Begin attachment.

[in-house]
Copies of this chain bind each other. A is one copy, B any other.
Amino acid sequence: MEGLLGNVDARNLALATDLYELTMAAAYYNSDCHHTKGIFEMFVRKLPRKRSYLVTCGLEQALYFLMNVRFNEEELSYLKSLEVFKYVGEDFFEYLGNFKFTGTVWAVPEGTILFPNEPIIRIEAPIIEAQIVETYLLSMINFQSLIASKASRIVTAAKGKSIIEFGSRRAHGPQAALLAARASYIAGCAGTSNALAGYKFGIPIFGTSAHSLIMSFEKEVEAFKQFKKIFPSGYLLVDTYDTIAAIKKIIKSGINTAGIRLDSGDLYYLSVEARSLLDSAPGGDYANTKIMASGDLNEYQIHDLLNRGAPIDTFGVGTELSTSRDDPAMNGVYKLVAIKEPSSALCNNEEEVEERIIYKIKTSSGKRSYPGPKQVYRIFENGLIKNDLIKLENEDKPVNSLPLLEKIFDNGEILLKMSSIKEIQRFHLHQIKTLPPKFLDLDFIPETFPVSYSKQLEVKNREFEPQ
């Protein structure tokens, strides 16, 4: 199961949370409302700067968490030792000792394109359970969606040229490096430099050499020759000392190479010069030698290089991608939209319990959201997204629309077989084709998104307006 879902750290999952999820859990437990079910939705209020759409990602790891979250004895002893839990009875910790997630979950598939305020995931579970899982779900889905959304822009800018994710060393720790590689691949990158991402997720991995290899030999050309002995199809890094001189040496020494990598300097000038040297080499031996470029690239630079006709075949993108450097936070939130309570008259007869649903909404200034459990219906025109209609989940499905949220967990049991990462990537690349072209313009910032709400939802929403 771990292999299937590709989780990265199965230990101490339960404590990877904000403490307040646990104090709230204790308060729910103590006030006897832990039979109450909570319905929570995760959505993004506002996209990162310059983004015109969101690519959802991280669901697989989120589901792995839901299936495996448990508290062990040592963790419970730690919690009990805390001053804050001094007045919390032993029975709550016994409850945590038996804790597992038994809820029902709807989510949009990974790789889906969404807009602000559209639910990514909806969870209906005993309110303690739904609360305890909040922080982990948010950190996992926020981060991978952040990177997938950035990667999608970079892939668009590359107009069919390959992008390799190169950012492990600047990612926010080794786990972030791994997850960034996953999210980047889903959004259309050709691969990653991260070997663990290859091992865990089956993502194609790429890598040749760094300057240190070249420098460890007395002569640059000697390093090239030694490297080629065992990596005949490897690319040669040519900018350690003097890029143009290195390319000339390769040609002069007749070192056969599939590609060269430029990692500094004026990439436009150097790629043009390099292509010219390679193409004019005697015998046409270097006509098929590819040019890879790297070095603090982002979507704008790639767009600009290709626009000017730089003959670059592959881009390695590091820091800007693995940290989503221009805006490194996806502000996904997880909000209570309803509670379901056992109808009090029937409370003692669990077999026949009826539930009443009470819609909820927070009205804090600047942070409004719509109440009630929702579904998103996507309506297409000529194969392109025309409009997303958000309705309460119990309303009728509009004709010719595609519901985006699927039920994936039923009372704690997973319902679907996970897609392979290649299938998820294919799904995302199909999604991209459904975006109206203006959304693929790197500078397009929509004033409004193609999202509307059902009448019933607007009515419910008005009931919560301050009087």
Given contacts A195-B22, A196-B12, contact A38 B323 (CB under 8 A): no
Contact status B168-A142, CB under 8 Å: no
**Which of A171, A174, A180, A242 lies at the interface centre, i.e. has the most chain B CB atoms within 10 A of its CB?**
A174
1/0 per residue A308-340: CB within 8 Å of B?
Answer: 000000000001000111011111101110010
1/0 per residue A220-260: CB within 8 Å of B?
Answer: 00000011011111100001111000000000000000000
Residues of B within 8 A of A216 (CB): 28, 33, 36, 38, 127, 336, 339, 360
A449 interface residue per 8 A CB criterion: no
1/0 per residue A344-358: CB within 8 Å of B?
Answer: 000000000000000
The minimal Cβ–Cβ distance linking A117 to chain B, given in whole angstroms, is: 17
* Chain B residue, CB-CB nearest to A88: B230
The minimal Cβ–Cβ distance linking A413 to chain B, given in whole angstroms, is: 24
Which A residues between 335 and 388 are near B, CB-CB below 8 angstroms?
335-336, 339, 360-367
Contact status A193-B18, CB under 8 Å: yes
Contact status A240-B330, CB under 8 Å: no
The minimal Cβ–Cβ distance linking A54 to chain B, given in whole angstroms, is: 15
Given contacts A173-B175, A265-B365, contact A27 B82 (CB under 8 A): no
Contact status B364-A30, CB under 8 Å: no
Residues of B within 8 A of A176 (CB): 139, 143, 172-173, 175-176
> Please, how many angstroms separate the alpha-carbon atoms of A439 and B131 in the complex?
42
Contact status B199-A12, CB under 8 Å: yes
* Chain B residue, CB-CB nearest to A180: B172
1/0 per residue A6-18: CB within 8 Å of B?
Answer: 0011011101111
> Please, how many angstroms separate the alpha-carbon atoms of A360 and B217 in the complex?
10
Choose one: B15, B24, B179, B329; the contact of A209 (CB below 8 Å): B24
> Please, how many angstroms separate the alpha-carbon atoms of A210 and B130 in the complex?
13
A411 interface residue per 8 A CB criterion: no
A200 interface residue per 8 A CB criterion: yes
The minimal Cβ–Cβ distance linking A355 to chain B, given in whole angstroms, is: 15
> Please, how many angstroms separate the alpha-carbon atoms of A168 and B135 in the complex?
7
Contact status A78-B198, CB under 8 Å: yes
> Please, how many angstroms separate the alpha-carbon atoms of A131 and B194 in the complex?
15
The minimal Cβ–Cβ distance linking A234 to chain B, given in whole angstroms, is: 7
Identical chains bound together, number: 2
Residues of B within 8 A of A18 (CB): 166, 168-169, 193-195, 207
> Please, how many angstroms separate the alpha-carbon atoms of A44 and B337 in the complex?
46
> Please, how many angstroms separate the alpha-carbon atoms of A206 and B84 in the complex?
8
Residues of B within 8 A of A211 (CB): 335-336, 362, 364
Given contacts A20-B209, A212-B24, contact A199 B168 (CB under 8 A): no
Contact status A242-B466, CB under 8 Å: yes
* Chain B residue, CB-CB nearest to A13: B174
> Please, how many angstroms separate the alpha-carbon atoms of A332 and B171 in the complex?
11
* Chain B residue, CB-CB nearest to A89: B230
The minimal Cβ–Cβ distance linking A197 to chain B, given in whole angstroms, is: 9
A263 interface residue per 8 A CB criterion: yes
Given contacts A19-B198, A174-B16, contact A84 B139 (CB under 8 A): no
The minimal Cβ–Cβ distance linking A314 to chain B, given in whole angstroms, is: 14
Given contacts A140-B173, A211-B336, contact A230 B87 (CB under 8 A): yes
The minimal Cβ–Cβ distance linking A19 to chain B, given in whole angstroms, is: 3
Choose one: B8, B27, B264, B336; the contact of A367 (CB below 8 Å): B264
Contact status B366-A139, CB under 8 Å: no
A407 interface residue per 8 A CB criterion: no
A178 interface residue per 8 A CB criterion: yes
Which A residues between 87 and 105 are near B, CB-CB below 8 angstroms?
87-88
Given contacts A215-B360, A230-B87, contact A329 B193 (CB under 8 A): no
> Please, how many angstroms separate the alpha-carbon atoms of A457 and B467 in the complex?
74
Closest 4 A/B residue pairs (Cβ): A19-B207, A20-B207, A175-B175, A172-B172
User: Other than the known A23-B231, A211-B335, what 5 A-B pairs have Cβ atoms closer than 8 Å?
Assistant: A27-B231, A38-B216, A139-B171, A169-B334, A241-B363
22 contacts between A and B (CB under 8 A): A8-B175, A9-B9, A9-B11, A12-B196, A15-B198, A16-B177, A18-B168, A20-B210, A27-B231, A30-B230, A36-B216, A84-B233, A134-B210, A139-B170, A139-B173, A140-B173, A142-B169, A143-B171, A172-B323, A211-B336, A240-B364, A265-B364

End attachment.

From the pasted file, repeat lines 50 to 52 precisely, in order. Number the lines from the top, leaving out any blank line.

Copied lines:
> Please, how many angstroms separate the alpha-carbon atoms of A44 and B337 in the complex?
46
> Please, how many angstroms separate the alpha-carbon atoms of A206 and B84 in the complex?